• Globalization and Redistribution from Wages to Profits

    It is standard wisdom that globalization has led to a redistribution from wages to profits. In fact, an NYT column by Tyler Cowen actually presents this redistribution as a reason to cut Social Security and Medicare benefits. (For low income workers, the cuts are offset by contributions to private accounts.) I hate to ruin a story line with evidence, but the profit share of corporate income just returned to the level of the 90s' cyclical peak this year. Since profits are usually revised downward, it remains to be seen if we will exceed the profit share of the 90s cycle in the current cycle. While there was a shift from wages to profits in the 80s and 90s, if we don't cross the 90s profit peak in this cycle, it would mean that the huge increase in trade and the trade deficit over the last decade did not lead to a redistribution from wages to profits. This implies that globalization does not necessarily entail a shift from wages to profits. Of course, most workers have benefitted little...
  • EDWARDS' SHREWD MOVE:

    EDWARDS' SHREWD MOVE: While I, like Garance , will reserve judgment on Edwards' announcement speech until I hear it, there is one aspect of his entrance into the race that I think shows that he is taking the right approach: his choice of location. The Ninth Ward of New Orleans has the potential to be the Democrats' Ground Zero--a symbolic space that can be used to rally the public. Having made poverty eradication a centerpiece of his 2004 campaign, Edwards is perfectly positioned to take advantage of the Republicans' weakness on this issue. Hurricane Katrina was the most poignant example of how many Americans have been literally and figuratively left behind, and the Democrats would be wise to follow Edwards' lead in reminding the country of it. --Ben Adler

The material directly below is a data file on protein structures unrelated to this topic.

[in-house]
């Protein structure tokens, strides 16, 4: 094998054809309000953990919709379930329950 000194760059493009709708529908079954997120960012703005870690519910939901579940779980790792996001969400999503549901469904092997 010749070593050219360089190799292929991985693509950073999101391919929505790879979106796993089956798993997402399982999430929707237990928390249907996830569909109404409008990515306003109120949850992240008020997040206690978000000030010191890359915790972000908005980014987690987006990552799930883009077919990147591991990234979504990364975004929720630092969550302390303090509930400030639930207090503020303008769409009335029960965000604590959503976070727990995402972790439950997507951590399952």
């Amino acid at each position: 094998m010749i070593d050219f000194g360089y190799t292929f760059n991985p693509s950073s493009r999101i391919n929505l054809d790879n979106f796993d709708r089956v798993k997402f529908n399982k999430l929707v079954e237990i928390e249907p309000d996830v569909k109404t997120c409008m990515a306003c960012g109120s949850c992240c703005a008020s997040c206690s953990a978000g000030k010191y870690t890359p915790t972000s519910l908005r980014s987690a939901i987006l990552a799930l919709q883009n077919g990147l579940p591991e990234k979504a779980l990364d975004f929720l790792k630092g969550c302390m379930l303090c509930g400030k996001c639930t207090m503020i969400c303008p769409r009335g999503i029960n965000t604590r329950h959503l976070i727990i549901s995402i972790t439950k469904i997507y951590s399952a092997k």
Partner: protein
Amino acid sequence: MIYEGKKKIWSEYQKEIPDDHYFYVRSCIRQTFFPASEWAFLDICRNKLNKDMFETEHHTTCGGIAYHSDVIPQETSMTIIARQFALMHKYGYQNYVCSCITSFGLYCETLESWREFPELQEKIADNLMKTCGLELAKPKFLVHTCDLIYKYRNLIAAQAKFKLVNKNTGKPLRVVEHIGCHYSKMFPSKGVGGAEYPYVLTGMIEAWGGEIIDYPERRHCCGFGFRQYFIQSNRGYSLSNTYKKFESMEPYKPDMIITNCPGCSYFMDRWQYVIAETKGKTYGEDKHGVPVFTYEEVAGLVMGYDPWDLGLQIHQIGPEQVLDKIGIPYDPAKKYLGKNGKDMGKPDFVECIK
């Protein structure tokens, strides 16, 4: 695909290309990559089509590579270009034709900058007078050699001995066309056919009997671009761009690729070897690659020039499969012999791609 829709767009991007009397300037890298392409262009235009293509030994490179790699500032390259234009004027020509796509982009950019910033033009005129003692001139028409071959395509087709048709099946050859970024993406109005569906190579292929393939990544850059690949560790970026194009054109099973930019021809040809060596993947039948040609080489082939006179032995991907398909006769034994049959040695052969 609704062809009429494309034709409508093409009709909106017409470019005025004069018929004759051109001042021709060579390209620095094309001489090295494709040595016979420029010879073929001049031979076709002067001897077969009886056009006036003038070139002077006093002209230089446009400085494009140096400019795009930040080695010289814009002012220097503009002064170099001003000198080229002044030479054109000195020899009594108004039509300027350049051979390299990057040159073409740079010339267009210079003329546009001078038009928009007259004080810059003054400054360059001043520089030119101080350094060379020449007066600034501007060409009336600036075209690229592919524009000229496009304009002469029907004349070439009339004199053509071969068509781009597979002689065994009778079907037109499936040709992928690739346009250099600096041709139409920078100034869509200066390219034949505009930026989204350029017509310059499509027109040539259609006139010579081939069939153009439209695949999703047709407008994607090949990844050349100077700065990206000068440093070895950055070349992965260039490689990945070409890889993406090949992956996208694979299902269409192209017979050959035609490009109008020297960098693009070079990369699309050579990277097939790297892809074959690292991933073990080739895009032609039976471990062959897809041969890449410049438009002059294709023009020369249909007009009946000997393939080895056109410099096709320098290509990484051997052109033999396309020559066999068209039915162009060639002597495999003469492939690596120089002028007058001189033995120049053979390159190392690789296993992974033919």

• The Dollar is #2

    The Financial Times reports that the value of euro notes in circulation worldwide now exceeds the value of dollar notes. This should tell us two things. First, the dollar is not essential to world finance. People are happy to hold euros and other currencies, no one needs to hold dollars. Second, the euro passing the dollar is not some sort of cataclysmic event. As long as people still have faith in the basic soundness of the dollar, they will be happy to hold it, even if it slides to number 2 by some measures. Of course, if investors become convinced that the currency is on a downward path, then it could lead to a serious run. In short, the world does not need the dollar, but it is also not anxious to throw it in the toilet, or at least not yet. --Dean Baker
  • EDWARDS IS IN....

    EDWARDS IS IN. John Edwards reportedly chose the quiet week before the new year to formally announce his second run for the Democratic presidential nomination in hopes of having the political press all to himself, but things are not exactly going as planned. Gerald Ford 's death has created a major competing story, and a website goof today forced him to move up his announcement. Reports the A.P. : Former Democratic vice presidential nominee John Edwards jumped into the presidential race Wednesday a day earlier than he'd planned, prodded by an Internet glitch to launch a candidacy focused on health care, taxes and other domestic issues. The North Carolina Democrat's campaign accidentally went live with his election Web site a day before an announcement Thursday that was supposed to use Hurricane-ravaged New Orleans as a backdrop. The slip-up gave an unintended double-meaning to his campaign slogan on the John Edwards '08 Web site: "Tomorrow begins today." Aides quickly shut down the...
  • YOU'RE VOTING FOR...

    YOU'RE VOTING FOR WHO ? There must have been 10 or so of us, sitting around a table at the Commons dinner hall at Goddard College, all examining the absentee ballots we had received from our home states. The year was 1976, and this was the first time any of us would vote to elect a U.S. president. In residence at one of the most hippy-dippy schools ever conceived (though conceived before the existence of hippies), it was assumed by everyone at the table we would all vote for the Democrat, Jimmy Carter , governor of Georgia. Well, that would be, assumed by everyone but me. I knew I wasn't voting for Carter. I liked Jerry Ford ; he was doing an okay job. I was happy not to have to hear any more from or about Richard Nixon . Furthermore, I did not trust Southerners. But more than anything, I was crazy about First Lady Betty Ford , and thought it spoke well of the president that he had had the stones to marry an outright feminist, and to stick by her as she spoke her outrageous...